Microwave

This is my microwave.

Microwave

Microwave

One morning when I turned it on it made a zzzing noise and shut off in about ten seconds. Ted took it off to see if he could fix it. Meantime I looked around for where to recycle it. The Kitsap County Public Works web site said: “Small appliances such as microwaves, garbage disposals, etc. may be disposed of as garbage.”

I was very surprised and very upset. This thing cost who knows how much to make (I haven’t found a web site yet that tracks the real expenses), and after six years of use it turns into garbage? You’re kidding me.

Alex and I gave ourselves a challenge to live without a microwave. If we found it indispensible we would bring one back into the kitchen. Green web sites tell me the microwave is reasonably cost effective as a cooking device. Well, I don’t use it to cook. After two weeks of living without it I can tell you what I do with it:

  1. Reheat coffee.
  2. Warm up frozen soup for lunch.
  3. Melt butter.
  4. Heat cheese quesadilla with corn tortilla.
  5. Sterilize sponges.

Item one: I don’t reheat my coffee. This is the use I miss the most, having a second cup in the morning. We’re considering checking out a Mr. Coffee.

Items two, three and four: I use the stove. I melt butter in a little pan, heat soup in a little kettle, fry the quesadilla in a little frying pan.

Item five: I soak sponges in hot water with bleach mixed in.

Ted was able to fix the machine. It’s in the garage waiting for us to decide whether we are going to keep using it or give it to someone who wants it. I’ll tell you, if it does come back into the house, it’s not going back onto the counter – it took up way too much space and there just isn’t all that much in our tiny kitchen. We’re still making our decision, but I’m leaning toward giving it away and not replacing it. I just don’t think I can bring myself to use that much resource for such trivial purposes.

Links:
Kitsap County Public Works.


Comments

Microwave — 3 Comments

  1. Brandy

    I’ll tell you a little secret. In British Columbia, all devices with a plug are part of a manufacturer take-back program (much like computers and monitors are here). Perhaps you can smuggle the micro up there and use the trip as an excuse to eat great dim sum or Indian.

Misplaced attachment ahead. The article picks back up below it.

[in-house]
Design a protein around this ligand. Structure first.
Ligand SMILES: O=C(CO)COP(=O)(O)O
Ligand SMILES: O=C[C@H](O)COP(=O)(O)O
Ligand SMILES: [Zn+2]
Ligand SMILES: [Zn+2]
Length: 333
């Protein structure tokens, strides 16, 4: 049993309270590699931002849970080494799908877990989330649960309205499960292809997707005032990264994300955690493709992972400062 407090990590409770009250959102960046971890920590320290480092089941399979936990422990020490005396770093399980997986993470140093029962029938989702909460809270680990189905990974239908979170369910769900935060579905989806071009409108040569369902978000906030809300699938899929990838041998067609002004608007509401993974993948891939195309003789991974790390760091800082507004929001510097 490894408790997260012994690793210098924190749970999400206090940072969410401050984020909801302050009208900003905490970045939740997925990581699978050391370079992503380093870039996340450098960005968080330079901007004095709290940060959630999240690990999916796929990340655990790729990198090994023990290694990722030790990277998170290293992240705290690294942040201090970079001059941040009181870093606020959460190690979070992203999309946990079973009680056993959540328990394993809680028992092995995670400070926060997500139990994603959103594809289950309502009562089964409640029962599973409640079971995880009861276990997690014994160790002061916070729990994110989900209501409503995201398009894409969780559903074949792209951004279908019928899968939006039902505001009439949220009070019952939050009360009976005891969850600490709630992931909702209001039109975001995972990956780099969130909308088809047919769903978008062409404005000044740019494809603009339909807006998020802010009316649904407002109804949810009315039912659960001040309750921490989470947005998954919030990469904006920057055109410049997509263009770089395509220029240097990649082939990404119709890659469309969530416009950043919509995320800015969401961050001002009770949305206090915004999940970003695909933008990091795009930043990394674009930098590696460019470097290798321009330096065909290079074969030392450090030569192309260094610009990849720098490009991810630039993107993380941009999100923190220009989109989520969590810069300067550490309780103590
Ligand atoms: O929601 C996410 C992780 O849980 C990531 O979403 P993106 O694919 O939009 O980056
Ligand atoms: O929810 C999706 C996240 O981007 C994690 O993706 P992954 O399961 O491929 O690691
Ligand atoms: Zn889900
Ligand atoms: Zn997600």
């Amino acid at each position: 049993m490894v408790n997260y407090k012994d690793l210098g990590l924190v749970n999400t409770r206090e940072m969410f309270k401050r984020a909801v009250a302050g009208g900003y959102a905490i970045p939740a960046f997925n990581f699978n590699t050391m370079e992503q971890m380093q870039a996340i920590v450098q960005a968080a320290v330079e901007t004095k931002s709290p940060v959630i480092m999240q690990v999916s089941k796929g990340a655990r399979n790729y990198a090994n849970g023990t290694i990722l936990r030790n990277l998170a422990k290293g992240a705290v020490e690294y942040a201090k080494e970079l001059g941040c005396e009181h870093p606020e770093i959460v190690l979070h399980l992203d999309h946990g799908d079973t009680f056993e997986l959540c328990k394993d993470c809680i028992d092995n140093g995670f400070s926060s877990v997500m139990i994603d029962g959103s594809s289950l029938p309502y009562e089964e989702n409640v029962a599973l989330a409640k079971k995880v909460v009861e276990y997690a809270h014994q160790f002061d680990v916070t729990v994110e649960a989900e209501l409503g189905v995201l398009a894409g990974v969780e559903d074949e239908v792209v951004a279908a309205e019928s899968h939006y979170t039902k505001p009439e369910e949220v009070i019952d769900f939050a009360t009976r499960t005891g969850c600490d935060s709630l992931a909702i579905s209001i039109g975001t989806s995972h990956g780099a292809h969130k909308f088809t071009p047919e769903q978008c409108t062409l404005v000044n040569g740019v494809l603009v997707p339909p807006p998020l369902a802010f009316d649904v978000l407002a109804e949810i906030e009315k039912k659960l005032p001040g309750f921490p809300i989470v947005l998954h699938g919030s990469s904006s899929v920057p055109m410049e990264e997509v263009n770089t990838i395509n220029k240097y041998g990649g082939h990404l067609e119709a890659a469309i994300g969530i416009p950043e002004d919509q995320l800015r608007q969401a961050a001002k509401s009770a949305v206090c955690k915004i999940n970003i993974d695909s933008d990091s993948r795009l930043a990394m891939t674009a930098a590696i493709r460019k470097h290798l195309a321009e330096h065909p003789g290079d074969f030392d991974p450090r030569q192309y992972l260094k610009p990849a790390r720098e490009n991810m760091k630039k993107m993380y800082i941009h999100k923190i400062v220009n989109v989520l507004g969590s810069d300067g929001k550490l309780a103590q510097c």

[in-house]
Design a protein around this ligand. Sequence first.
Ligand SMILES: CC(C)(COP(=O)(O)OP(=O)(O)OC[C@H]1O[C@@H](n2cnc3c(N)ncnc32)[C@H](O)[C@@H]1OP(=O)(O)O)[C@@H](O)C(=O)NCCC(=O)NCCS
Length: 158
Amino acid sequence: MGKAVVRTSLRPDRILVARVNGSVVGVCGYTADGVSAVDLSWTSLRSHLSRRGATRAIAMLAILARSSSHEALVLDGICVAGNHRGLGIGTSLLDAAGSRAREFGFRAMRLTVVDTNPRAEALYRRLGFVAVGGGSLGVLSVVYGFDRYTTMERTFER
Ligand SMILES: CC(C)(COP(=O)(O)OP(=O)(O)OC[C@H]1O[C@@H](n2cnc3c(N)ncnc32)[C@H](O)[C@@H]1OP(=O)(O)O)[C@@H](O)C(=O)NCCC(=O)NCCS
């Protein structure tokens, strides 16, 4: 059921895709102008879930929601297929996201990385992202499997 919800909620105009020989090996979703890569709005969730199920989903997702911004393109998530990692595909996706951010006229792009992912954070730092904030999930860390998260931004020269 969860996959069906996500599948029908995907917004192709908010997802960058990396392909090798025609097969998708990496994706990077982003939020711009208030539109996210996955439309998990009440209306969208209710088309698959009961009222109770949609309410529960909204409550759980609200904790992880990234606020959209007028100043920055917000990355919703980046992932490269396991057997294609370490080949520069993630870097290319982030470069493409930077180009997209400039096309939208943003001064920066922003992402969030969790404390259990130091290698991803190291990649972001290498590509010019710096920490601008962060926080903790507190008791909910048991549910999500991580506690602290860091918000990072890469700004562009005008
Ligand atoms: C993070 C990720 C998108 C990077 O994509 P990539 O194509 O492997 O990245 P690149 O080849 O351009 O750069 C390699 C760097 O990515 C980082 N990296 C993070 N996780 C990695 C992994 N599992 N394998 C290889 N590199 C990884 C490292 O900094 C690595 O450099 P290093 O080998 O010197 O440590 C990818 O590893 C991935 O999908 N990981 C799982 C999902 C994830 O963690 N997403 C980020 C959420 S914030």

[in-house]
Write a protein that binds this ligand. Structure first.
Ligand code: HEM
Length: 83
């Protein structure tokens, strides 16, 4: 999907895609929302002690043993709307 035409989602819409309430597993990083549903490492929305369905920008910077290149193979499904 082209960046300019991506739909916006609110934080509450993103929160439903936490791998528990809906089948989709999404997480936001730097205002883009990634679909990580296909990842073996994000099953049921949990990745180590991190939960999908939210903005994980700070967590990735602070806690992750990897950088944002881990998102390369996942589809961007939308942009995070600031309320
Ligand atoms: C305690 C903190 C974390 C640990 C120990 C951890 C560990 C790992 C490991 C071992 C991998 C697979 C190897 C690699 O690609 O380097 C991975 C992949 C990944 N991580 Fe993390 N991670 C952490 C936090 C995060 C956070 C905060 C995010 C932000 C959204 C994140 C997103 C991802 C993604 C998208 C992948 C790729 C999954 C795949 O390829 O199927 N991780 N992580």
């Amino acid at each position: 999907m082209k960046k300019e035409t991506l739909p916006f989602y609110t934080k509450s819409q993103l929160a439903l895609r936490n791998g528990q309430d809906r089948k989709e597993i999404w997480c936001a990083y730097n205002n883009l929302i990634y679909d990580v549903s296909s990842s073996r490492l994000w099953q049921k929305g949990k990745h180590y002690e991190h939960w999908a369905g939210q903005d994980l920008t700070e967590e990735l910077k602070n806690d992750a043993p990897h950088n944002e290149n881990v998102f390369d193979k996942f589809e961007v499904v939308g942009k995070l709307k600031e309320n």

Meanwhile, may I suggest a Melitta-style drip filter for your coffee. It requires boiling water and pouring, but you seem like the kind of person who woudnt mind. But the coffee tastes sooo much better than when you use a machine, plus you can give the filter and grounds to your worms or your compost heap, so zero waste.

    • LOL! That sounds like a great program. What do the manufacturers do with it next? So much of our trash ends up in other parts of the states, or the third world. There is no “away” in a closed system.

      I do use a Melitta filter now, but I don’t drink the whole cup before it gets cold. Alex kicked back on the Mr. Coffee idea. We had a Starbucks Barista machine in the basement that has a cup that keeps the coffee warm. I’m trying the machine out (unplugged when not in use). I’m also going to try making the Melitta coffee directly into the cup.

      • That’s funny. The only way I ever thought of making a Melitta is straight into the cup. I have a blue porcelain mug from KPLU that stays warm a long time. Of course I dont care for it piping hot either.

        Your concern about shipping wastes to the developing world is totally valid. EU and Canada are decades ahead of US on extended producer responsibility/product stewardship. When the producer is responsible for managing the waste, they are very motivated to reduce the cost of reusing or recycling – leading to less toxicity, less waste, easier to disassemble, etc. Long ways to go till we get there, and all the little steps help.

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